For me, it is so exciting that these programmes have been aired in the last couple of months. Pharmacy is making a huge step at the moment to changing the safety culture and for that to happen the NHS needs to be making that step too, because ultimately the pharmacy profession works within the culture of the other healthcare services and systems in the UK. The fact that this is being talked about now, gives me hope that healthcare as a whole is moving towards this change in culture…but we shall see what happens.

Brian Goldman: Doctors make mistakes. Can we talk about that?

Recently a video was uploaded to TED of a TED Talk given by Dr Brian Goldman (click here for the talk). Dr Goldman is an Emergency Room doctor in Toronto. His talk was about the consequences of doctors not being open about the errors they make. This video really complements the BBC radio 4 programme by Prof James Reason that I wrote about yesterday. The ideas covered are very similar, but Dr Goldman talks about his own errors and the experiences after it and what he wished he had done differently and how much he wished he could have spoken to someone about it.  He gave a very moving talk about the errors he had made and demonstrated just how much emotion healthcare professionals feel when they make an error and how gut wrenchingly sorry they are when it happens. Which is probably why the University of Michigan reported a reduction in compensation costs for medical errors when a hospital switched to an open reporting culture. On Prof Reason’s radio programme patients talked about the importance of being able to talk afterwards to the doctors who had made an error with their care. The University of Michigan team also commented that when doctors were open and spoke to their patients about the errors made, this meant that litigation processes were stopped, or were never even started in the first place because patients didn’t feel like something unjust had been done to them once they spoke to the doctors. My thought after watching and listening to these two programmes was, is the reduction in compensation costs for medical errors in Michigan because patients get to see doctors and therefore can see how sorry the doctors are, can see that those emotions are authentic and that they weren’t taking the error lightly? You can judge for yourselves, I now have to go off and read all these University of Michigan reports as I have to find out more!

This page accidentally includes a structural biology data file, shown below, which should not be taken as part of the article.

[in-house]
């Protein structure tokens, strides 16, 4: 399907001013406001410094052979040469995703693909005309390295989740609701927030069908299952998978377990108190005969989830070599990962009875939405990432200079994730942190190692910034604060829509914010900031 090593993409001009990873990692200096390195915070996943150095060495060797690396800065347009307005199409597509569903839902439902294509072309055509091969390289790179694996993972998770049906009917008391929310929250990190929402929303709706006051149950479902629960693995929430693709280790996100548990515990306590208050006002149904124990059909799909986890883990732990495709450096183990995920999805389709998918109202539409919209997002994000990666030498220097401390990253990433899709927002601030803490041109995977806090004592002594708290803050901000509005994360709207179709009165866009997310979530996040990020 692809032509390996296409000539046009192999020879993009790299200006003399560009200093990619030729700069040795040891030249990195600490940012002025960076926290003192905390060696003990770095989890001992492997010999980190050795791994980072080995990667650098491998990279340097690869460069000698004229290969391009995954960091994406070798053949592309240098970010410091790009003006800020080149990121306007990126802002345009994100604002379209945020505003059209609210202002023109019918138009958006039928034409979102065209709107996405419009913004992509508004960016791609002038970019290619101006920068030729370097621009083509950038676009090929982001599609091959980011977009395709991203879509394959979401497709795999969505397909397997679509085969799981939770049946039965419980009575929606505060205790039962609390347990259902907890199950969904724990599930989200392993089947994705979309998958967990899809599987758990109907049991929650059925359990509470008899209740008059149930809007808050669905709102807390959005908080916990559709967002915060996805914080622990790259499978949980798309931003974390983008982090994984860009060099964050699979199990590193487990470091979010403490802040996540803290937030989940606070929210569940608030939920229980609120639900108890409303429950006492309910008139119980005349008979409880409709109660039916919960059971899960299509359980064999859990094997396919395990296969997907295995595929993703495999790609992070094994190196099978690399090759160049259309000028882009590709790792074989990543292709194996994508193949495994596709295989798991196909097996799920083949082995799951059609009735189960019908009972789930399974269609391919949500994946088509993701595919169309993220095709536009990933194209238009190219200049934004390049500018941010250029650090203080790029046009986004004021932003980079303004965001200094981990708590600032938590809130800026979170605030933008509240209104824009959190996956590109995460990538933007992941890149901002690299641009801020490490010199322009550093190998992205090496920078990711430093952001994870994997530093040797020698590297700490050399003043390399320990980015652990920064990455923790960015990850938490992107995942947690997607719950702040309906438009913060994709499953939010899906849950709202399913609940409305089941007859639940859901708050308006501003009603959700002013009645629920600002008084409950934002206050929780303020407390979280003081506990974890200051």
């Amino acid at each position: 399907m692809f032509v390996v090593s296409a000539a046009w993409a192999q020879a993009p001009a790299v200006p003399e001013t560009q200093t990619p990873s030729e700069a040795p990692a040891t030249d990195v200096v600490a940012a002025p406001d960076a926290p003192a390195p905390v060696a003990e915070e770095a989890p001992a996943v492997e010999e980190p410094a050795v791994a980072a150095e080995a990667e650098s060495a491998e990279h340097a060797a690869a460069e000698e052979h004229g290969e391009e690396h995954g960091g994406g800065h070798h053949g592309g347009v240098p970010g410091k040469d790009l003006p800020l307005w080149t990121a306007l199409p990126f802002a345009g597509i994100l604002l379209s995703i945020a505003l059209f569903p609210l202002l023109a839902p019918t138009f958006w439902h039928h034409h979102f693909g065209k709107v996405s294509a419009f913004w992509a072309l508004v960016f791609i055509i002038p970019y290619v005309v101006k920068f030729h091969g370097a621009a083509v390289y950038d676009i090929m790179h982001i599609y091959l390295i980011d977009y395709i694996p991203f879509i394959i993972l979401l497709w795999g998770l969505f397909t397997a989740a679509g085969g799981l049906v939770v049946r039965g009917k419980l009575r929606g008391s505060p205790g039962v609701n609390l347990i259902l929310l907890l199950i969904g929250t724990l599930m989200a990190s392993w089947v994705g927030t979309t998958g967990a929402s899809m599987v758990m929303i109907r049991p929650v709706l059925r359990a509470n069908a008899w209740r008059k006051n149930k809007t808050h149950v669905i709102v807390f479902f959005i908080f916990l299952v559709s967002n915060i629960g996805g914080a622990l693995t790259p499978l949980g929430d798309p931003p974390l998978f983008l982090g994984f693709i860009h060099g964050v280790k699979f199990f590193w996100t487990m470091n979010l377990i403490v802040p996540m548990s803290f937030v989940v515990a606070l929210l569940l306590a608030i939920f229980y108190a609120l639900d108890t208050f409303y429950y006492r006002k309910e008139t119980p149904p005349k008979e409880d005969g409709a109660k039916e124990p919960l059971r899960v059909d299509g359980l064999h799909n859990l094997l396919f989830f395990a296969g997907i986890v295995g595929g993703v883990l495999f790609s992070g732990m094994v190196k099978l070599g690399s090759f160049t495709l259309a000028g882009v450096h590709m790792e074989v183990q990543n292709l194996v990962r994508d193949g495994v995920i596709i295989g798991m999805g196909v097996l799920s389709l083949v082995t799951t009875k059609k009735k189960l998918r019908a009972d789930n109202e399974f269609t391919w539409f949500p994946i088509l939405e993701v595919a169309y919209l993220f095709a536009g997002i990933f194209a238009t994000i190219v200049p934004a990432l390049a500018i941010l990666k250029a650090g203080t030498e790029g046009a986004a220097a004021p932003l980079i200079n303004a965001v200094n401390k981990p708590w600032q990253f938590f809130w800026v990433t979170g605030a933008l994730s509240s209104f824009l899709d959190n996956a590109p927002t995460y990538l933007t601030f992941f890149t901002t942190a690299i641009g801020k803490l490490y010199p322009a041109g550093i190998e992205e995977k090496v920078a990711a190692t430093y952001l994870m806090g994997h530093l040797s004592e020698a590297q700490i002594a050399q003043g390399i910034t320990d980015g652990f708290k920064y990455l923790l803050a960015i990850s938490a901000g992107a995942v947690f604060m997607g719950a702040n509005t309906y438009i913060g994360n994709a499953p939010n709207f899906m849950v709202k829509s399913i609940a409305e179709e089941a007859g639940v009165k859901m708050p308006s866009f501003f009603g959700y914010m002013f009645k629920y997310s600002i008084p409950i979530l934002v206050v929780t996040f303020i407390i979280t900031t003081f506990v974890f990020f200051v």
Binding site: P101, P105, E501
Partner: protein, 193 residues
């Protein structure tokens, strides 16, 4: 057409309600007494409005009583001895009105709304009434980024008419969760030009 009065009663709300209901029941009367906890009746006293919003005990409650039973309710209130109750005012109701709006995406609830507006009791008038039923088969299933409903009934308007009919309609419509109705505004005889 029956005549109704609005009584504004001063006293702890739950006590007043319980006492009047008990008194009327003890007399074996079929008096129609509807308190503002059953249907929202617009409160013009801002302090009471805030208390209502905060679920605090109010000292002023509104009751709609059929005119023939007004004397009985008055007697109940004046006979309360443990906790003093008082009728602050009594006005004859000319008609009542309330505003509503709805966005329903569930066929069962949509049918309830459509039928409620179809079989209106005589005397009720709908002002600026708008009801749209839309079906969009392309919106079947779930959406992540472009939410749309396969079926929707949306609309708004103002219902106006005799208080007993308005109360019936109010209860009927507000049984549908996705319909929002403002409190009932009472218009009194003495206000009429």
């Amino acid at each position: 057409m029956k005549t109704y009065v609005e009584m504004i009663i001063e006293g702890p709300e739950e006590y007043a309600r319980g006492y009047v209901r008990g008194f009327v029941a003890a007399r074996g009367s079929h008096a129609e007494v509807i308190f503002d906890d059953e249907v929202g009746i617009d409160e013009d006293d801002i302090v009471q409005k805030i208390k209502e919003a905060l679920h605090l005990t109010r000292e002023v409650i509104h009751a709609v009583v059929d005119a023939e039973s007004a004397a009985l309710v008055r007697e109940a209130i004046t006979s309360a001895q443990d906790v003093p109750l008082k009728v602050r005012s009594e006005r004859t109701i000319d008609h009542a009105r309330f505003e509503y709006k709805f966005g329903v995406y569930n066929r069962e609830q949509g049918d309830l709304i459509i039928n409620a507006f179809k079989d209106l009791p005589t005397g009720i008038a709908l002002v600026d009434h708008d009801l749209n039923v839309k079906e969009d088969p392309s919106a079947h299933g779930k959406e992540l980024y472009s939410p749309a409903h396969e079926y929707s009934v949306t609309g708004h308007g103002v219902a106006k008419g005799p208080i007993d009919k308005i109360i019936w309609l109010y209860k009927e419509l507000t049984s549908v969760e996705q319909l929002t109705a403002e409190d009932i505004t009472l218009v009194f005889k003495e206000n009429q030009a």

One other thought I had after watching/listening to these programmes was that there is a lot of noise in healthcare at the moment about openness towards errors. What I am not sure about is whether this is something new, or I am only tuning in to it all at the moment because of the research I am doing, and because of talks within the pharmacy profession about creating a just culture (one aspect of a just culture is openness about errors). I clearly have to do some more reading of the literature to find out.